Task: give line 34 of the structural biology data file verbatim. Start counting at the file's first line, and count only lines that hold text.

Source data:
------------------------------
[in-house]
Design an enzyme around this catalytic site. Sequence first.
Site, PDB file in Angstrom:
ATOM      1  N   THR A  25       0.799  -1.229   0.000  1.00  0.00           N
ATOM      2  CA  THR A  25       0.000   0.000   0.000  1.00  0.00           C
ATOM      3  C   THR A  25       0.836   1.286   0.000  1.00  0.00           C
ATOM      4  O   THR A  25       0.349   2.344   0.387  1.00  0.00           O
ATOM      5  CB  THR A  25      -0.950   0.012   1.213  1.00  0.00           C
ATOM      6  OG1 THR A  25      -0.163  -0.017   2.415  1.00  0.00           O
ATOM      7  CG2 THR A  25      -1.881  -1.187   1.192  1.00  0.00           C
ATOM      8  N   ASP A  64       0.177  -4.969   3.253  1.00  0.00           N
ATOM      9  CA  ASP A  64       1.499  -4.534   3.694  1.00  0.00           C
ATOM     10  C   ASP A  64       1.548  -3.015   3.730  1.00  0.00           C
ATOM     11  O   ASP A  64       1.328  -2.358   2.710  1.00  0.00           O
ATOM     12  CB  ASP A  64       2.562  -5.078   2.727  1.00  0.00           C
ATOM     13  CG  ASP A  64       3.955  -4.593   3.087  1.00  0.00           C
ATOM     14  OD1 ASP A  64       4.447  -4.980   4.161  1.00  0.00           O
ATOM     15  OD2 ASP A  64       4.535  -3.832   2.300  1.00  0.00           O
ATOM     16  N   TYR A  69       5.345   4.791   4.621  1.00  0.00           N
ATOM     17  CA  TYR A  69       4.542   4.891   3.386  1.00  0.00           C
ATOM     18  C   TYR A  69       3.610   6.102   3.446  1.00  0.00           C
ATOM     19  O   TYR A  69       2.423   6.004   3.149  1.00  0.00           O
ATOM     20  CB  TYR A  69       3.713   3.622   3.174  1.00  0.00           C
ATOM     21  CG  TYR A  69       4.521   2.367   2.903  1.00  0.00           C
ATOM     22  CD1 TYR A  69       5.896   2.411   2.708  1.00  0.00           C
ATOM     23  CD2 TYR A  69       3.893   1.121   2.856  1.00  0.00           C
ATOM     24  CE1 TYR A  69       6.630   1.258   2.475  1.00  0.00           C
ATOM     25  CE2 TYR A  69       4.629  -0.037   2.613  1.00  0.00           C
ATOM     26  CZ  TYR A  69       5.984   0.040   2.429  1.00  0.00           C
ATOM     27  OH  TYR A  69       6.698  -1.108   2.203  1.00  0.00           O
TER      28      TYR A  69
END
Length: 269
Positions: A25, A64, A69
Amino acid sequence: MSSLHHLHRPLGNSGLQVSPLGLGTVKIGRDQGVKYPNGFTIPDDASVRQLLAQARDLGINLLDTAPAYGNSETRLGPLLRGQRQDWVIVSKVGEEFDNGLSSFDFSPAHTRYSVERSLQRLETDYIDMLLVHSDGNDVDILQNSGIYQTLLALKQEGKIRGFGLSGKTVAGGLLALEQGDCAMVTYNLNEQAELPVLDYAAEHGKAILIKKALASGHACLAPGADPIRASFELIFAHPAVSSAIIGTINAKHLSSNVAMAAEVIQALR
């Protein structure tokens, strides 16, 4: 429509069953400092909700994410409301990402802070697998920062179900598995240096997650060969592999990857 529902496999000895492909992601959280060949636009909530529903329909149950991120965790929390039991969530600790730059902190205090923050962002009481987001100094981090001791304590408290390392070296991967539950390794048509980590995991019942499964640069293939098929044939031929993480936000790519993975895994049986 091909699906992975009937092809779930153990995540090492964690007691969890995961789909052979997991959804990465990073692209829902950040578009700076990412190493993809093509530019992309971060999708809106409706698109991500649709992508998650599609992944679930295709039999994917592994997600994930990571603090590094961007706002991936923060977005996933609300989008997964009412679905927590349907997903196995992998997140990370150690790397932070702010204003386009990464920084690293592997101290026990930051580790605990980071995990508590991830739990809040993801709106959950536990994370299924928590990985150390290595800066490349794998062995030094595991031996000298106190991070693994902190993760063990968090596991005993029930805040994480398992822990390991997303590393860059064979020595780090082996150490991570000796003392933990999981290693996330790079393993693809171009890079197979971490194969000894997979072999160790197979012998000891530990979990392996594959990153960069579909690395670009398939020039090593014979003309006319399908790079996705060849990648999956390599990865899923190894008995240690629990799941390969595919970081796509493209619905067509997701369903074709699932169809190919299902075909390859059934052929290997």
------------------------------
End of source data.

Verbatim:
Positions: A25, A64, A69